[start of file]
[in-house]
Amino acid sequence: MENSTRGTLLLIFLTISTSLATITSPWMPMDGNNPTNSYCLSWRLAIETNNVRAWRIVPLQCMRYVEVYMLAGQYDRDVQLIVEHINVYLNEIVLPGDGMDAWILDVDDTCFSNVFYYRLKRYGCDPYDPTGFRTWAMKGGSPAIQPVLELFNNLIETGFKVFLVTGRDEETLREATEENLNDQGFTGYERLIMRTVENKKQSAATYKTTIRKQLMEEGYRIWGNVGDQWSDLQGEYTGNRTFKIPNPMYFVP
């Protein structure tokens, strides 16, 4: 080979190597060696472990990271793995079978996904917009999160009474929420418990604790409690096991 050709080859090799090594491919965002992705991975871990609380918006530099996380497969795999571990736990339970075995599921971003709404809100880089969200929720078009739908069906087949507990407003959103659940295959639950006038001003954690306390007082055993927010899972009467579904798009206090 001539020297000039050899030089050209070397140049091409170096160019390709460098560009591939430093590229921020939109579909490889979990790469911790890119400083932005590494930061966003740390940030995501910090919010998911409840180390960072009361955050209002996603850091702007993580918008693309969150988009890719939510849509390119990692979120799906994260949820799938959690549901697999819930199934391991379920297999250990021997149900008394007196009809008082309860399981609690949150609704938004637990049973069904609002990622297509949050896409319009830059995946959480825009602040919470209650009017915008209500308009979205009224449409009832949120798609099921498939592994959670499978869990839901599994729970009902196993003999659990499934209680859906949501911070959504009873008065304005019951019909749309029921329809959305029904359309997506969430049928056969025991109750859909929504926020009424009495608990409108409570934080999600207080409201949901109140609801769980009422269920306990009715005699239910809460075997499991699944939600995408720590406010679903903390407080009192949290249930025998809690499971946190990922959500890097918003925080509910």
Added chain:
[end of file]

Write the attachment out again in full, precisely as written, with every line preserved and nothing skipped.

[in-house]
Amino acid sequence: MENSTRGTLLLIFLTISTSLATITSPWMPMDGNNPTNSYCLSWRLAIETNNVRAWRIVPLQCMRYVEVYMLAGQYDRDVQLIVEHINVYLNEIVLPGDGMDAWILDVDDTCFSNVFYYRLKRYGCDPYDPTGFRTWAMKGGSPAIQPVLELFNNLIETGFKVFLVTGRDEETLREATEENLNDQGFTGYERLIMRTVENKKQSAATYKTTIRKQLMEEGYRIWGNVGDQWSDLQGEYTGNRTFKIPNPMYFVP
């Protein structure tokens, strides 16, 4: 080979190597060696472990990271793995079978996904917009999160009474929420418990604790409690096991 050709080859090799090594491919965002992705991975871990609380918006530099996380497969795999571990736990339970075995599921971003709404809100880089969200929720078009739908069906087949507990407003959103659940295959639950006038001003954690306390007082055993927010899972009467579904798009206090 001539020297000039050899030089050209070397140049091409170096160019390709460098560009591939430093590229921020939109579909490889979990790469911790890119400083932005590494930061966003740390940030995501910090919010998911409840180390960072009361955050209002996603850091702007993580918008693309969150988009890719939510849509390119990692979120799906994260949820799938959690549901697999819930199934391991379920297999250990021997149900008394007196009809008082309860399981609690949150609704938004637990049973069904609002990622297509949050896409319009830059995946959480825009602040919470209650009017915008209500308009979205009224449409009832949120798609099921498939592994959670499978869990839901599994729970009902196993003999659990499934209680859906949501911070959504009873008065304005019951019909749309029921329809959305029904359309997506969430049928056969025991109750859909929504926020009424009495608990409108409570934080999600207080409201949901109140609801769980009422269920306990009715005699239910809460075997499991699944939600995408720590406010679903903390407080009192949290249930025998809690499971946190990922959500890097918003925080509910």
Added chain: